How has de Mel responded to the new responsibility and how have the team responded and adjusted to the change in captaincy?
The team always had respect for him because he’s been one of the most senior players in the side. There was no problem with the boys adjusting to him. He’s taken on the responsibility well and he’s doing well at the moment. I wouldn’t say he’s struggling or anything like that. He’s doing his job quite well.
What are the team’s strengths in these conditions and what is the strategy? Are you looking at possibly playing two spinners or going in with more medium pacers?
We haven’t decided on that as yet. We might play four quicks and a spinner or three quicks and a spinner but we haven’t made that decision yet.
Looking ahead to the first game, who do you think will be the key players for Sri Lanka?
I think the batting will be the main role when it comes to us. We’ve struggled with batting on the tour so far. If the batsmen can make it count, then that’s the main thing. Our bowling is good, so the batting will be the key.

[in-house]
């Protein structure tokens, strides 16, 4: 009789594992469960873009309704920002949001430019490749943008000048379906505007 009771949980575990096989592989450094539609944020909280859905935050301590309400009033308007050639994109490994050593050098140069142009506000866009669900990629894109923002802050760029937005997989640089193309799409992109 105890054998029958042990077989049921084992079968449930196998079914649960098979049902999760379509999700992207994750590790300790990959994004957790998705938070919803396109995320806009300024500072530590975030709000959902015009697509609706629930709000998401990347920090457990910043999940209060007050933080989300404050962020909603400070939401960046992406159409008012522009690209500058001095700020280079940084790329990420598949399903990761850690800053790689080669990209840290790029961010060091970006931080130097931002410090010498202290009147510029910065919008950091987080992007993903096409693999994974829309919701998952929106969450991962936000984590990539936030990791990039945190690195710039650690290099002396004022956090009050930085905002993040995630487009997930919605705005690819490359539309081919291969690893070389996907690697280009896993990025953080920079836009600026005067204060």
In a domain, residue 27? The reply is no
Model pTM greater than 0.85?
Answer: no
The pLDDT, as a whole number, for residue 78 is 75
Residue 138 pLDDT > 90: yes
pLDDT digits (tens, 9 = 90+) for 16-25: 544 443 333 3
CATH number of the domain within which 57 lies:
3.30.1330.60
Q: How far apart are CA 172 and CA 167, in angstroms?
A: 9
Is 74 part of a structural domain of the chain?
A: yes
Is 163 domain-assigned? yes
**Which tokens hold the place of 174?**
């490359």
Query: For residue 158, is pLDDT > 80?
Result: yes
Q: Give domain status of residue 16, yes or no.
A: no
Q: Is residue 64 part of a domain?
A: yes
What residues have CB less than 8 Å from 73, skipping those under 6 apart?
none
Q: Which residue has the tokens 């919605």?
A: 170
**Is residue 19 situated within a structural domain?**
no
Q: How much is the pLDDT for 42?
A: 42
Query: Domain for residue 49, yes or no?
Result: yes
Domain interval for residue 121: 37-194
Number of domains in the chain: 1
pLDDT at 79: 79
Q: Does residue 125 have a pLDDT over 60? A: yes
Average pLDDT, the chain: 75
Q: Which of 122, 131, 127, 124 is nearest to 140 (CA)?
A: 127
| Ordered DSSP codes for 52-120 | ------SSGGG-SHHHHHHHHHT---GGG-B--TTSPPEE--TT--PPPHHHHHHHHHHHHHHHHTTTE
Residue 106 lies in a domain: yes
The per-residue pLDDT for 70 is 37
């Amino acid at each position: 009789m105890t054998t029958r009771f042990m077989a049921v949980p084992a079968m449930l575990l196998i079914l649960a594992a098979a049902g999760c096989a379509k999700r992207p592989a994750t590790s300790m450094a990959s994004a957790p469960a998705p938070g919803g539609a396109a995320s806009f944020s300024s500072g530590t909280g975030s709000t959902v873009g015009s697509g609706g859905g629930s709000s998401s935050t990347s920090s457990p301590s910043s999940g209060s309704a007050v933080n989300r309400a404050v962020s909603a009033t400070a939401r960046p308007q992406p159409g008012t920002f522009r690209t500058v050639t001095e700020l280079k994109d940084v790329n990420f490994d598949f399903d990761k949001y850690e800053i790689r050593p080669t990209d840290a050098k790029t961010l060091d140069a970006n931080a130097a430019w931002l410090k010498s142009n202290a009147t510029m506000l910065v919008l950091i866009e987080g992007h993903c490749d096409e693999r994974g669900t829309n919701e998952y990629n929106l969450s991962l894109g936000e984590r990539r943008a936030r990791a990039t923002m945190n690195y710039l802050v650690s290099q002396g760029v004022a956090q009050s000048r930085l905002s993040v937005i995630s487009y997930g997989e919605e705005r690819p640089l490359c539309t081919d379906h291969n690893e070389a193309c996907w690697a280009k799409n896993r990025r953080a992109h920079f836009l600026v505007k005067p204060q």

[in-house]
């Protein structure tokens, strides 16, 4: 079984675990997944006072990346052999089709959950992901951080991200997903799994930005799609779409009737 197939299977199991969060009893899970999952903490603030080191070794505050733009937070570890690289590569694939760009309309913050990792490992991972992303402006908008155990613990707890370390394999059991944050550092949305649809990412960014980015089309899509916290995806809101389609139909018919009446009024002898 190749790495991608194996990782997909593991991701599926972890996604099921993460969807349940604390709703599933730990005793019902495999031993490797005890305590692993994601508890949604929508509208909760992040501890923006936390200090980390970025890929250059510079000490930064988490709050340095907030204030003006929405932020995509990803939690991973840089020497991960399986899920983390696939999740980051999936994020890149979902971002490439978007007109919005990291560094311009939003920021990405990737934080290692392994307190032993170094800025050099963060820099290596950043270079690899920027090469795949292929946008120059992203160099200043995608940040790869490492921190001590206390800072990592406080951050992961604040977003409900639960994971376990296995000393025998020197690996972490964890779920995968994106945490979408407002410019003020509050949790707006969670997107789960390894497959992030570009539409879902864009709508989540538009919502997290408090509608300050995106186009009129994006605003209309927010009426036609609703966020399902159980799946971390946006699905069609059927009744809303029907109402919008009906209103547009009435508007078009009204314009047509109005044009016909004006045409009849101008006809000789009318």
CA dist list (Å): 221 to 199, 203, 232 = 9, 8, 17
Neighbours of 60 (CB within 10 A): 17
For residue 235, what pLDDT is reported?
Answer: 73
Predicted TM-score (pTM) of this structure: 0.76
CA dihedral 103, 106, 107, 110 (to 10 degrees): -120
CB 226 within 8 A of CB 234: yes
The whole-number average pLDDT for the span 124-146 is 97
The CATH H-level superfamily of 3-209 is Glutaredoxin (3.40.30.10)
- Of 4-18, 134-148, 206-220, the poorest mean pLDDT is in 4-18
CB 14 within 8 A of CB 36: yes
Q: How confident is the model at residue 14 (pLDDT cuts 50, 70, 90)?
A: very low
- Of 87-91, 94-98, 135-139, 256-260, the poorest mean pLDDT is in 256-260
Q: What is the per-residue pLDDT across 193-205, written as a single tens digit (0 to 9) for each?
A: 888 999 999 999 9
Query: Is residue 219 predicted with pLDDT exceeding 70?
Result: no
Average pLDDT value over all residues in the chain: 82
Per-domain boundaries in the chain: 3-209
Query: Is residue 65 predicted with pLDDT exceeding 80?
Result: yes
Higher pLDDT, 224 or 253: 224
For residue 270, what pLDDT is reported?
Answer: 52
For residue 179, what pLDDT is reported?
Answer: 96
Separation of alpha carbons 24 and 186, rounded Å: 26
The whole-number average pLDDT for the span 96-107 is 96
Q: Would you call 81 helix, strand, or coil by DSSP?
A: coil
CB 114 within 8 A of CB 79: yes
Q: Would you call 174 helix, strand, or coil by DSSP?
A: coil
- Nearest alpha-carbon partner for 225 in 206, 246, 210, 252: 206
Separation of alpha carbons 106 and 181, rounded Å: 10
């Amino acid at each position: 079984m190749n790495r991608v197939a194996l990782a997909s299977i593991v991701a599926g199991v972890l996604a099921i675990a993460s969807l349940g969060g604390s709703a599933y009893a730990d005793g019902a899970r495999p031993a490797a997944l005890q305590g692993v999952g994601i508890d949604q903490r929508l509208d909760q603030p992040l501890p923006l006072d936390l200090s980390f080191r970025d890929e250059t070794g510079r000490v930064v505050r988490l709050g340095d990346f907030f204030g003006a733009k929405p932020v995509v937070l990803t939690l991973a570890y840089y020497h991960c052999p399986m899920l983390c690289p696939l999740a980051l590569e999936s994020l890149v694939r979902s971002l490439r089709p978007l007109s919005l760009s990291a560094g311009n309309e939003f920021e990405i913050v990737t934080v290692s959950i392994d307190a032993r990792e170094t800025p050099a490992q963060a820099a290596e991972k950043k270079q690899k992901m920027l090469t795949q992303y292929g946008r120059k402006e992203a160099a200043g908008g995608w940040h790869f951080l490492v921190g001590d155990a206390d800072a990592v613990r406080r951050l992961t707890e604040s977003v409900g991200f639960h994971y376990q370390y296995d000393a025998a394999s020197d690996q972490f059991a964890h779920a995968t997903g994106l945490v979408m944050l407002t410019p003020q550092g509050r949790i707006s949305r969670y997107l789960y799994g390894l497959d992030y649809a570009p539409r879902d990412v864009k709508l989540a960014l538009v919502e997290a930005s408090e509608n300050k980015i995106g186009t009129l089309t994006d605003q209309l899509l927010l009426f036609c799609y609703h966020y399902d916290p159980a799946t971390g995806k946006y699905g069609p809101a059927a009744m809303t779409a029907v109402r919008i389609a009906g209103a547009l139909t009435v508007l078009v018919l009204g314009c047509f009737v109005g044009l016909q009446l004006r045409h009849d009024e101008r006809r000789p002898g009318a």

Who do you see as the main threats for Sri Lanka from the Bangladesh side in the first game?
Bangladesh has always been a good side, they do the little things right. Their fielding is good, their bowling is very tight and their batting has always been good. We played them in Malaysia during the Asia Cup and we know a few things about them. We have strategically lined-up a few things about them. At this level of cricket, it’s quite different than at a national cricket because the team that consistently plays well on that particular day are going to have an advantage. So, we can’t take anyone lightly and we go into the game to put in our hundred-percent
Playing in a World Cup environment and knowing that there are players like Alistair Cook, Angelo Mathews, David Warner etc who have come through the U19 ranks, do you find that there is pressure at an individual level for the players to do well to open up avenues for future opportunities in the national side?
Well, there is always a bit of pressure which can be good and bad. The expectations are high for these boys. They are away from their country, family, school and friends so that all adds up. The pressure is there but its one of the required skills; if you are looking to be a professional cricketer in your career, then thats one of the skills you must learn – how to handle pressure. That’s one thing that we also work with them on. It shouldn’t be too much of a problem. It can interfere with your game occasionally but it’s a part of the game and it’s always going to be there. You can’t eliminate it from the game, so it’s better to handle it than to be negative about it.
Naveed Nawaz was speaking to Island Cricket’s Damith Samarakoon by phone from Brisbane.
© Island Cricket